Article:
When speaking to parents about the effects of their hovering, don’t directly accuse them of being helicopter parents. While they can actually be one, no one wants to be told they are being too much. As such, these parents can also get defensive when they are accused of this.

Parents want the best for their children but their actions should also be moderated. Tutors should speak calmly but also firmly as to how they can affect their child with their actions. They can also give suggestions how they can stay involved without it being too much. It’s also vital that they understand that too much stress and pressure on the child can defeat the whole purpose of tuition and may even cause more problems for the child if continued as is.

3. Communicate clearly

This has been stated multiple times in our articles. Before a tutor can commit themselves to teaching a student, they should sit down with the parents and discuss the terms and expectations of how the tuition will be carried out. During this time, you can also set up schedules for the progress reports so parents will know how their child is improving.

This can help the parents reduce their impulse to constantly contact the tutor about their child’s progress. Because the terms are discussed and expectations are set, parents will also be assured that the tutor knows what they are doing and the child is in safe hands with someone who is qualified and experienced.

It can also help that the tutor be open to also discuss parents concern when giving progress reports. During this, tutors can also reassure the parent that they will be able to help the child and they are doing it according to their initial plan.

4. Set boundaries

While tutors are expected to be flexible and convenient, they shouldn’t be treated like they are available 24/7. As a tutor, you will be handling many students. Your schedule can be packed with different session designated during the day.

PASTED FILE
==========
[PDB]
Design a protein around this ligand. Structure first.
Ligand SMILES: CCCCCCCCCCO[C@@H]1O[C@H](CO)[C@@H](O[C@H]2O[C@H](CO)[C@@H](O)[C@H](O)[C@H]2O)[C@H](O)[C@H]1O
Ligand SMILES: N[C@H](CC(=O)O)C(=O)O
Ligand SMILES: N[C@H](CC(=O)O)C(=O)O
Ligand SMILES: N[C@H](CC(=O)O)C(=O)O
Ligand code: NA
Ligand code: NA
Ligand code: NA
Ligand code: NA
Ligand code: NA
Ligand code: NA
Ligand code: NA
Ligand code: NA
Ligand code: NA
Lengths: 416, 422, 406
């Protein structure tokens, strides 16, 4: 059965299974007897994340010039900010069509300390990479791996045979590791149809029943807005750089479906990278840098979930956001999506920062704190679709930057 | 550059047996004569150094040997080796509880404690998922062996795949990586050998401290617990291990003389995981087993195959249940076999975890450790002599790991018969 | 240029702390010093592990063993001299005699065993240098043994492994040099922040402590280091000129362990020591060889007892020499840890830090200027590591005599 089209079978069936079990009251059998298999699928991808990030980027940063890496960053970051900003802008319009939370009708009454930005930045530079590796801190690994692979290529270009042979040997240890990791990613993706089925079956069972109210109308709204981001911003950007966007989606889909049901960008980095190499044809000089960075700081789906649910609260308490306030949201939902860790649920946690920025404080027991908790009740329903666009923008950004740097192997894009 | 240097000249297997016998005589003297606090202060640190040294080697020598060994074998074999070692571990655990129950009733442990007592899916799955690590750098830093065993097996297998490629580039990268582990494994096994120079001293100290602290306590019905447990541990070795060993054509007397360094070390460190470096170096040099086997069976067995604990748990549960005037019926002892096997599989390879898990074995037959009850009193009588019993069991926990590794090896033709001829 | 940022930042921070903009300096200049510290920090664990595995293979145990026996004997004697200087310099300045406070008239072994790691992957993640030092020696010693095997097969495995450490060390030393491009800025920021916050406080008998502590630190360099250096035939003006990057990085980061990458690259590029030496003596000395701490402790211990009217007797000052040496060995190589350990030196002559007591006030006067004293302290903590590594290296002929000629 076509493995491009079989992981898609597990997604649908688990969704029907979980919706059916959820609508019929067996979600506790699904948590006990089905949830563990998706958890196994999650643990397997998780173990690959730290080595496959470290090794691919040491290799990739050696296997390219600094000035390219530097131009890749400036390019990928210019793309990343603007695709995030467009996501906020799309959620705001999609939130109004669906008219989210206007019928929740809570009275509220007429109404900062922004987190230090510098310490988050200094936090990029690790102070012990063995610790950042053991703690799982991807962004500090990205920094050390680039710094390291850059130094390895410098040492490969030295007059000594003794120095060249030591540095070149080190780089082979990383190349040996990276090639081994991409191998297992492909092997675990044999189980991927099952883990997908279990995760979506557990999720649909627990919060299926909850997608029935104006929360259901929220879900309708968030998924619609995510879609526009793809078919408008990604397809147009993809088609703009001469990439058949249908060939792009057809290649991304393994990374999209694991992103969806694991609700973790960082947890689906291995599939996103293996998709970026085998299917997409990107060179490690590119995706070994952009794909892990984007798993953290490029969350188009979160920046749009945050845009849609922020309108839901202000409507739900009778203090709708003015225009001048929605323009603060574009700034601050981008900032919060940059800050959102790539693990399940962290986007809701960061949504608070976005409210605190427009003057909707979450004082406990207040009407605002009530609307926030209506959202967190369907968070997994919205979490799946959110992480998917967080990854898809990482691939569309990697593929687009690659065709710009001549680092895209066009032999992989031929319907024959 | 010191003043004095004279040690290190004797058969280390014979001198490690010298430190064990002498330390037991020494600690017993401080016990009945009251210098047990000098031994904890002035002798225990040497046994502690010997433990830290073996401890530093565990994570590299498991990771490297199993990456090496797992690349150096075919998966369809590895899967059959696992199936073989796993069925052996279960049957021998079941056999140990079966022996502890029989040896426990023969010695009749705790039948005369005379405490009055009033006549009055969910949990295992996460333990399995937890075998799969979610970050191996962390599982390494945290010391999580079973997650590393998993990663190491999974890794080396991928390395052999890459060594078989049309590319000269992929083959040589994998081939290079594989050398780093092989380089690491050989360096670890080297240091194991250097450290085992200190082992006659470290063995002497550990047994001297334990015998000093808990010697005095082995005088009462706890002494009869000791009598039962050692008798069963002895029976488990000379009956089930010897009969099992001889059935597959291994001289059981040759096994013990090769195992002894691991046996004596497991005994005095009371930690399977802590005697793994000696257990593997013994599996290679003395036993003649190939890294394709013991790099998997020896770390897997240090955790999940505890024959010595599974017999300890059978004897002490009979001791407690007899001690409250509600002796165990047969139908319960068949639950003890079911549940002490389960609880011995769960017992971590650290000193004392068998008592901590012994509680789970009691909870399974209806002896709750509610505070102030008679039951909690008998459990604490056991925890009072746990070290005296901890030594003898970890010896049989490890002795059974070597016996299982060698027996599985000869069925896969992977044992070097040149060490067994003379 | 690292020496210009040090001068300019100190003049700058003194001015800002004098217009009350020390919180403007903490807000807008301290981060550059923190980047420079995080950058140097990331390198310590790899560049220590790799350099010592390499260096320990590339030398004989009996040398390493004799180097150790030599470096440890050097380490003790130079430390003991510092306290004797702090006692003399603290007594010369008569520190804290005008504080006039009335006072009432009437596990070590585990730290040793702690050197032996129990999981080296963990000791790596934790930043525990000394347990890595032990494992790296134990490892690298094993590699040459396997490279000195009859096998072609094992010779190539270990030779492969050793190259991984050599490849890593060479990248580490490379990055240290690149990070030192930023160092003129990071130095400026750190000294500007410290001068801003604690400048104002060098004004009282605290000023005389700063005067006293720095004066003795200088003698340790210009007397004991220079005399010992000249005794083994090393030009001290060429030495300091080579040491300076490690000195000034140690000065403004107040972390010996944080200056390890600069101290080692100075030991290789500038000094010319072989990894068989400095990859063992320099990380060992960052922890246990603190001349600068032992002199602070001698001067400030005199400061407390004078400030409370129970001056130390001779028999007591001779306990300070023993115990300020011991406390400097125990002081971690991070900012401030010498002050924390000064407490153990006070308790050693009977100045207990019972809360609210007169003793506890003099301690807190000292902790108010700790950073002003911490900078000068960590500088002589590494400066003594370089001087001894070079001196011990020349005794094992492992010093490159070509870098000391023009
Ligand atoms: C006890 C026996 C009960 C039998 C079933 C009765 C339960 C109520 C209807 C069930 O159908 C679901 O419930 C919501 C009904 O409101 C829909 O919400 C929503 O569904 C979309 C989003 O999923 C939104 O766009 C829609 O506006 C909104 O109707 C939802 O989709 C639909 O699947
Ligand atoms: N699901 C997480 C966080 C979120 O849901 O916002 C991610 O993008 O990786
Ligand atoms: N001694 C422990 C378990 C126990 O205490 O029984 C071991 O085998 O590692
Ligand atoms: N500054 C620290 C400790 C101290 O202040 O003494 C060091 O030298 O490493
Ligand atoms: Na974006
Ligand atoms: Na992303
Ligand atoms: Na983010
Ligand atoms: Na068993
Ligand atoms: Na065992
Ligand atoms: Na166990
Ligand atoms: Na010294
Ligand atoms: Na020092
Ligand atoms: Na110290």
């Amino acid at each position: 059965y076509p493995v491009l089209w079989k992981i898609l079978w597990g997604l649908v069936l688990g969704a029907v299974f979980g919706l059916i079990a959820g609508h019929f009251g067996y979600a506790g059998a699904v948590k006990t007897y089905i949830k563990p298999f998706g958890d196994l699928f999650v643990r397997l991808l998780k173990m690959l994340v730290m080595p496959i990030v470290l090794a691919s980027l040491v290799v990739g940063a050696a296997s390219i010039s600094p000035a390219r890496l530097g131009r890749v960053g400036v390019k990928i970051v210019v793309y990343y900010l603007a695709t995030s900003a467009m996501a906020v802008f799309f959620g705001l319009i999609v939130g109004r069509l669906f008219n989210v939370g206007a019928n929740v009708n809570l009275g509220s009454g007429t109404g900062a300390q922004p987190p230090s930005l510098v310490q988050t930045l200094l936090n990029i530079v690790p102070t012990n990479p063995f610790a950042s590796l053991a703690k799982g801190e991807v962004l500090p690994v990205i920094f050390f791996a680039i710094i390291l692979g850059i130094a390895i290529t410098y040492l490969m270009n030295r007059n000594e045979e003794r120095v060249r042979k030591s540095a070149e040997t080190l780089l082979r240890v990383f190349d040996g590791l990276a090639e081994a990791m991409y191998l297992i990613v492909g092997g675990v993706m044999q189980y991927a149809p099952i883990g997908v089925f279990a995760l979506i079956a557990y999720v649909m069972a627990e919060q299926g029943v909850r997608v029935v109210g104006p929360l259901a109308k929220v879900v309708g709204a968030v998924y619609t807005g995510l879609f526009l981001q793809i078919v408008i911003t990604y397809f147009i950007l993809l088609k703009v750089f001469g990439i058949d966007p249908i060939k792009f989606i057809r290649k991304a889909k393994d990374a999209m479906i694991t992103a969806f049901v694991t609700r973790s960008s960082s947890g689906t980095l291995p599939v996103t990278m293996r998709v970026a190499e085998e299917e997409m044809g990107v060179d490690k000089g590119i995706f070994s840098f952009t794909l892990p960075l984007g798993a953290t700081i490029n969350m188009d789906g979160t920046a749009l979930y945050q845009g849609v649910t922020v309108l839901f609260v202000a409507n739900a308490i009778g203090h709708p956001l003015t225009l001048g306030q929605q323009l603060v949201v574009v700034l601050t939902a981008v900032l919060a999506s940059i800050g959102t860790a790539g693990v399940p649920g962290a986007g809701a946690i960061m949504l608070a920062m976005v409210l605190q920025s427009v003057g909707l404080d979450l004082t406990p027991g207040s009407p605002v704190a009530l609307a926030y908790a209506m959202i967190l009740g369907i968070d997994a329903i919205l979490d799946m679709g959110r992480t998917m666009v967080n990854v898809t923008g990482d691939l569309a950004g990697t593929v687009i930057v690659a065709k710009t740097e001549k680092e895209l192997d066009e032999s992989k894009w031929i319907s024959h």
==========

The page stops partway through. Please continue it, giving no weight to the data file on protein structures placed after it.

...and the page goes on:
Helicopter parents may not think about their constant messaging and asking of your schedule. Because of this, they may contact you whenever they please and it can get overwhelming at times. When making your schedule, you can include a set time for you to answer calls and emails outside of tuition hours.

Let parents understand that you also have “office hours” and set boundaries as to when they can call you for matters when it’s past the tuition session. It not only keeps your schedule on time but also helps keep your work life balanced. Once you’ve informed them of the said time, they won’t be as inclined to call or message you over trivial matters.

5. Keep your emotions in check

Don’t act rashly. They are after all your clients and while these helicopter parents can cause stress for both the tutor and the student, it’s better to maintain professionalism in your line of work.

When letting the parents become aware of their actions or how it’s affecting the people around them, they can respond to it differently. Some parents may accept it logically and try to change their actions. While others will become defensive and dismiss your opinions. It can be frustrating but a tutor has to be patient in order to get the point across to these parents.

When discussing with them about their actions, state the facts and explain to them why and how your teaching style works. If you sound defensive or unsure, it will only give these parents more reasons to dismiss your sentiments and continue being too involved with the tuition process, ultimately doubting your ability as a professional home tutor.


Nothing really comes easy. There can be many speedbumps along the way to a satisfying career. But tutors shouldn’t be discouraged, especially when dealing with helicopter parents. And especially when it involves the child’s well-being which can also affect his/her academic performance.

Still, always remember that parents only want the best for their child and these parents just so happen to think this is the best way they can give that to their children. However, the tutor and the parents only have one mutual goal in mind and that is to help the child reach their academic goals.

If you are interested in becoming a home tutor, check out FamilyTutor, the best home tuition agency in Singapore. We offer over 200 subjects for students from pre-school and even beyond university level. With our highly qualified and experienced home tutors, we assure parents that their sons and daughters are in capable hands.



Carelle is a teacher who has been through the ups and downs of the teacher and learner life. She wishes for every learner to gain educational satisfaction that will help embody the people they want to be in the future.